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International Relations and Russian Civilisation BA (Full time) 2018 start

Course information for 2017 start

  • Overview

    International Relations offers the chance to learn about how states interact with each other, as well as the impacts and contributions of organisations such as the UN. You’ll combine core modules on key topics such security and the concepts, theories and research methods of international relations with a range of optional modules. You can explore topics that interest you, from the politics of aid to the complexities of Middle Eastern politics and the rise of extreme right parties in Europe.

    Russian Civilisation allows you to study Russian literature, media, history, politics, religion, economics and society to gain a wide range of skills. You don’t need any language skills, but you’ll have the chance to learn Russian at beginners’ level in your first year. A combination of core and optional modules will give you a firm grounding in different aspects of Russian culture alongside specialist knowledge in the areas that interest you the most.

    Specialist facilities

    The world class Brotherton Library holds a wide variety of manuscript, archive and early printed material in its Special Collections– valuable assets for your independent research. Our additional library resources are also excellent, and the University Library offers a comprehensive training programme to help you make the most of them.

    If you’re choosing to study a language as part of your Joint Honours degree, our fully equipped Language Centre, including digital language labs, audio/video practice booths and Computer Assisted Language Learning (CALL). We also have our Electronic Resource Information Centre, which features specialised computing facilities for translation studies, and Interpreter Training Suites offering you the chance to explore a career in interpreting.

  • Course content

    A Joint Honours degree allows you to study the same core topics as students on each Single Honours course, but you’ll take fewer options and discovery modules so you can fit in both subjects. You’ll also undertake a major research project in either subject in your final year.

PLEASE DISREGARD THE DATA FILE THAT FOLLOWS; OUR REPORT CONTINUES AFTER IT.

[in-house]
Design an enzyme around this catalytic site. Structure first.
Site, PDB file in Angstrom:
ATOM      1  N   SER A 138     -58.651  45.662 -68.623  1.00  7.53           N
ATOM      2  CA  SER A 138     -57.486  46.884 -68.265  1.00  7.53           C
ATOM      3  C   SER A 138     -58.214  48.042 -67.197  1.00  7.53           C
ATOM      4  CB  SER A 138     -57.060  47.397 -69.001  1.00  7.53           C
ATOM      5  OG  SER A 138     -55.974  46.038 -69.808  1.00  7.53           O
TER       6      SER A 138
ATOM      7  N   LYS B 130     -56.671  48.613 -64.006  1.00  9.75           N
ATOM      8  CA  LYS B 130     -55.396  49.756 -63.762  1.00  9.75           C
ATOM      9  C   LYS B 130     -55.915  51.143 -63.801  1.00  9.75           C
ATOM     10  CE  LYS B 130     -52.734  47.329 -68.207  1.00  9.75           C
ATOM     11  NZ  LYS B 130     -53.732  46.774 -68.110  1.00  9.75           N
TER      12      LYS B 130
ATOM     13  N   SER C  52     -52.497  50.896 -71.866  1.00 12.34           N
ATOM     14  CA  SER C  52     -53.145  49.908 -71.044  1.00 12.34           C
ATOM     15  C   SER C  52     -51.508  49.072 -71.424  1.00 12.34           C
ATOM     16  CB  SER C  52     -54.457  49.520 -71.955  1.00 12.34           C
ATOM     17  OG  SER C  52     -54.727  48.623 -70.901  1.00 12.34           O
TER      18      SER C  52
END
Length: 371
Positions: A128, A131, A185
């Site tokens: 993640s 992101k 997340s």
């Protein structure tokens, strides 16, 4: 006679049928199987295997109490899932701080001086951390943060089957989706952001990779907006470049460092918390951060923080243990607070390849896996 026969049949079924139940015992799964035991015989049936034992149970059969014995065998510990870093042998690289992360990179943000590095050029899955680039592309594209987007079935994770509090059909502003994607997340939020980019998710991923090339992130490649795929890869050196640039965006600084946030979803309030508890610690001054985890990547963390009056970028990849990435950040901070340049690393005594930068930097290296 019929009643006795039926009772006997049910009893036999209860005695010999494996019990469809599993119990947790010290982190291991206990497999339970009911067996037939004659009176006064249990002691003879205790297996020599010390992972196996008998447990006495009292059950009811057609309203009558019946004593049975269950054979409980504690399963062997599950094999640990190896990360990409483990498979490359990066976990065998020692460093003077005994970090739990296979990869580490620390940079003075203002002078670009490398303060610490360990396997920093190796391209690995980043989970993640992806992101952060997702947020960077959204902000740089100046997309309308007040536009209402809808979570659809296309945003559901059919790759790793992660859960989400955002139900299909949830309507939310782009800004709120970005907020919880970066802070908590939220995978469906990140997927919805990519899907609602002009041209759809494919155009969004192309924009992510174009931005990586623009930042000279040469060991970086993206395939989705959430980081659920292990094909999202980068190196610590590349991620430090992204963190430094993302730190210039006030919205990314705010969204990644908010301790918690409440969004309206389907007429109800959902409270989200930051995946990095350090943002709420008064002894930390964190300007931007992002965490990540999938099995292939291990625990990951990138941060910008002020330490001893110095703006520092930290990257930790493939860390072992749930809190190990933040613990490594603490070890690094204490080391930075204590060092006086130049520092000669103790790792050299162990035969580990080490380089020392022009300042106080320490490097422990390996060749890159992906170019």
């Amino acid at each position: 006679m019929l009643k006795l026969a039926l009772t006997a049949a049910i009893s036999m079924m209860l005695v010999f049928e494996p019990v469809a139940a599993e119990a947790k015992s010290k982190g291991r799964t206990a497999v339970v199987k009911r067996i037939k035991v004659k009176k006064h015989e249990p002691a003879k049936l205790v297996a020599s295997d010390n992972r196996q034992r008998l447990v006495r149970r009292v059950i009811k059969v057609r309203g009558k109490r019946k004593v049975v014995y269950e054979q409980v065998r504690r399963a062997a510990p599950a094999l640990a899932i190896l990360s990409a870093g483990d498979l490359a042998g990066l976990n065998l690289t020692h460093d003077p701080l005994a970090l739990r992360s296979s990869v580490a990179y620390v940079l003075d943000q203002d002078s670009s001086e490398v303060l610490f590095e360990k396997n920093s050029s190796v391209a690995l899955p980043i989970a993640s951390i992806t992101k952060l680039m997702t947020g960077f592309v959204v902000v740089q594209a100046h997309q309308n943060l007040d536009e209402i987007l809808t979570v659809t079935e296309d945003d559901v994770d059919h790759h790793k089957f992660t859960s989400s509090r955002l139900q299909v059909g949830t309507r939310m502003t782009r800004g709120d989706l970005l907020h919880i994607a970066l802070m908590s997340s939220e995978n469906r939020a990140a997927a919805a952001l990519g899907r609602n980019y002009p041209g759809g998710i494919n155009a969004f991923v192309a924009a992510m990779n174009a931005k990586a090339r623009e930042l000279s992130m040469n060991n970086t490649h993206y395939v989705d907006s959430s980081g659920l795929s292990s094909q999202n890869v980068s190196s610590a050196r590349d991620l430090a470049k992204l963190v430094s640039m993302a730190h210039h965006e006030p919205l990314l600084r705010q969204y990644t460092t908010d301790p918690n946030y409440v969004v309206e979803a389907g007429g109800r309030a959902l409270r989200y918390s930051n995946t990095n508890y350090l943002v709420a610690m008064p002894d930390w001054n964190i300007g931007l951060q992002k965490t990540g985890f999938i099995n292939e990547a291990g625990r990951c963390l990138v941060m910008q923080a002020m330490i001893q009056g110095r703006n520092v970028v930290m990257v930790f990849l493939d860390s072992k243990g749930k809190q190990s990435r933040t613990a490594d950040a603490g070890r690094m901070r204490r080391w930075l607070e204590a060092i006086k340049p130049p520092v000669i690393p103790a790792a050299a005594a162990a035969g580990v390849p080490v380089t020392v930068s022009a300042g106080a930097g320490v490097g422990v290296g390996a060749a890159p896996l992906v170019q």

International Relations 

    You’ll develop your understanding of key concepts, theories and methods in international politics in your first year, while studying different political systems from around the world. From there you’ll expand your knowledge in the following year with core modules in security studies and theoretical approaches to international relations. You’ll also choose from optional and discovery modules in your second and third years exploring topics as diverse as terrorism, US foreign policy and political psychology.

    Russian Civilisation 

    In your first year you’ll be introduced to Russian literature, culture and history through a suite of core modules. Your first year will lay the foundations for the next two years, when you’ll choose from modules on topics such as 19th century prose, gender identity in Russia and how newly independent countries have been portrayed in popular culture. Throughout the course you’ll gain high-level research, critical and analytical skills.

    Course structure

    These are typical modules/components studied and may change from time to time. Read more in our Terms and conditions.

    Year 1

    Compulsory modules

    • IT for LCS Students 5 credits
    • Politics, Culture and Society 20 credits
    • Comparative Politics 20 credits
    • International Politics 20 credits
    • Text and Context: Introduction to Russian Literature 20 credits